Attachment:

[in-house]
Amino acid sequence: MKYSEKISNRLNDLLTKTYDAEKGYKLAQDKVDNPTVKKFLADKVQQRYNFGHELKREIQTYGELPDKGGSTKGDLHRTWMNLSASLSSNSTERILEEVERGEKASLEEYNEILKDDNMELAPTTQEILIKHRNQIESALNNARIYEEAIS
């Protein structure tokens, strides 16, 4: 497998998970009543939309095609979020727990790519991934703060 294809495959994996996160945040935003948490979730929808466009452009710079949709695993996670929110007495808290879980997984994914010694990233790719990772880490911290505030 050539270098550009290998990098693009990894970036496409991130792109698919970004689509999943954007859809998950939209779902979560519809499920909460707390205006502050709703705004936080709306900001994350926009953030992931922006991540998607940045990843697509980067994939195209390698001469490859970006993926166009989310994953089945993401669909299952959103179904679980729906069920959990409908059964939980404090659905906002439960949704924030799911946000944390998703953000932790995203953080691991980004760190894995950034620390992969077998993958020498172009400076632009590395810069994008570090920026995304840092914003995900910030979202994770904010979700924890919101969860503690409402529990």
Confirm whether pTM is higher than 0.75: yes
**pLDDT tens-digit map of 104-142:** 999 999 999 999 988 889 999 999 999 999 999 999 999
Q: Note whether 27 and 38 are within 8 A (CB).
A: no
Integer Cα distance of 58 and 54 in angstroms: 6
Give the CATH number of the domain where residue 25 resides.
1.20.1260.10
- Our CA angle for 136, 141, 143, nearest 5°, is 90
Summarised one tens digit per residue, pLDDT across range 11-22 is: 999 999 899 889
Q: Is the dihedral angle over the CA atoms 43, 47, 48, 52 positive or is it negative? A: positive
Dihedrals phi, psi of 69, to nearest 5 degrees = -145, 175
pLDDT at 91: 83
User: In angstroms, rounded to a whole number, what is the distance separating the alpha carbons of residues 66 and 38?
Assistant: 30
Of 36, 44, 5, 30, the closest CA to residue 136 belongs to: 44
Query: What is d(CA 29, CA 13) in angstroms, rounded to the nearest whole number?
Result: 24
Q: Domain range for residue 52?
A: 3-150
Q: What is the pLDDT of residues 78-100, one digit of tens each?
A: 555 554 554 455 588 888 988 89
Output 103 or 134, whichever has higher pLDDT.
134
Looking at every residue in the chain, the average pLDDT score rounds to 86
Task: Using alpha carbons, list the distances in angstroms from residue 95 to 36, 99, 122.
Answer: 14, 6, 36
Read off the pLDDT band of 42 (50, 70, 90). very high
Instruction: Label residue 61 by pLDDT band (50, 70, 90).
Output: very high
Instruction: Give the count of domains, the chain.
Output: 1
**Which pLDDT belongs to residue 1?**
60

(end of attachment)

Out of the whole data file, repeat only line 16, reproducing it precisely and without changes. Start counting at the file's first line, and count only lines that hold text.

User: In angstroms, rounded to a whole number, what is the distance separating the alpha carbons of residues 66 and 38?